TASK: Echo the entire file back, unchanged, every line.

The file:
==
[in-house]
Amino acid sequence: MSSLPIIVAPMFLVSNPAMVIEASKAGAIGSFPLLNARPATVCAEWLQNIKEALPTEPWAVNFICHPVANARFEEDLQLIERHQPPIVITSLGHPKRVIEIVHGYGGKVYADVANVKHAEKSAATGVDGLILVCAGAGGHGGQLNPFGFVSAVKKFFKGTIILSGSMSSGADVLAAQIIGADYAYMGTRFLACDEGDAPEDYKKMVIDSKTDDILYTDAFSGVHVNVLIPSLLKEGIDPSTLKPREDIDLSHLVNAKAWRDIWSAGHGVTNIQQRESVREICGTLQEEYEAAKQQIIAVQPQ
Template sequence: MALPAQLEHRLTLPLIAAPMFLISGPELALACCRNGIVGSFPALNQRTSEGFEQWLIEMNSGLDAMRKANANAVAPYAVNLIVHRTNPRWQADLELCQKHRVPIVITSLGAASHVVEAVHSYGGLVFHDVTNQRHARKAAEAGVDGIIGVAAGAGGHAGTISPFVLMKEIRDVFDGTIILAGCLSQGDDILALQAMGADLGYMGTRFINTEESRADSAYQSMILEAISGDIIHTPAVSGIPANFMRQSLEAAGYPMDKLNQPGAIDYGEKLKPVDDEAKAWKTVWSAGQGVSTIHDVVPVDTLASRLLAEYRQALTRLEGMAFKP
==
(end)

[in-house]
Amino acid sequence: MSSLPIIVAPMFLVSNPAMVIEASKAGAIGSFPLLNARPATVCAEWLQNIKEALPTEPWAVNFICHPVANARFEEDLQLIERHQPPIVITSLGHPKRVIEIVHGYGGKVYADVANVKHAEKSAATGVDGLILVCAGAGGHGGQLNPFGFVSAVKKFFKGTIILSGSMSSGADVLAAQIIGADYAYMGTRFLACDEGDAPEDYKKMVIDSKTDDILYTDAFSGVHVNVLIPSLLKEGIDPSTLKPREDIDLSHLVNAKAWRDIWSAGHGVTNIQQRESVREICGTLQEEYEAAKQQIIAVQPQ
Template sequence: MALPAQLEHRLTLPLIAAPMFLISGPELALACCRNGIVGSFPALNQRTSEGFEQWLIEMNSGLDAMRKANANAVAPYAVNLIVHRTNPRWQADLELCQKHRVPIVITSLGAASHVVEAVHSYGGLVFHDVTNQRHARKAAEAGVDGIIGVAAGAGGHAGTISPFVLMKEIRDVFDGTIILAGCLSQGDDILALQAMGADLGYMGTRFINTEESRADSAYQSMILEAISGDIIHTPAVSGIPANFMRQSLEAAGYPMDKLNQPGAIDYGEKLKPVDDEAKAWKTVWSAGQGVSTIHDVVPVDTLASRLLAEYRQALTRLEGMAFKP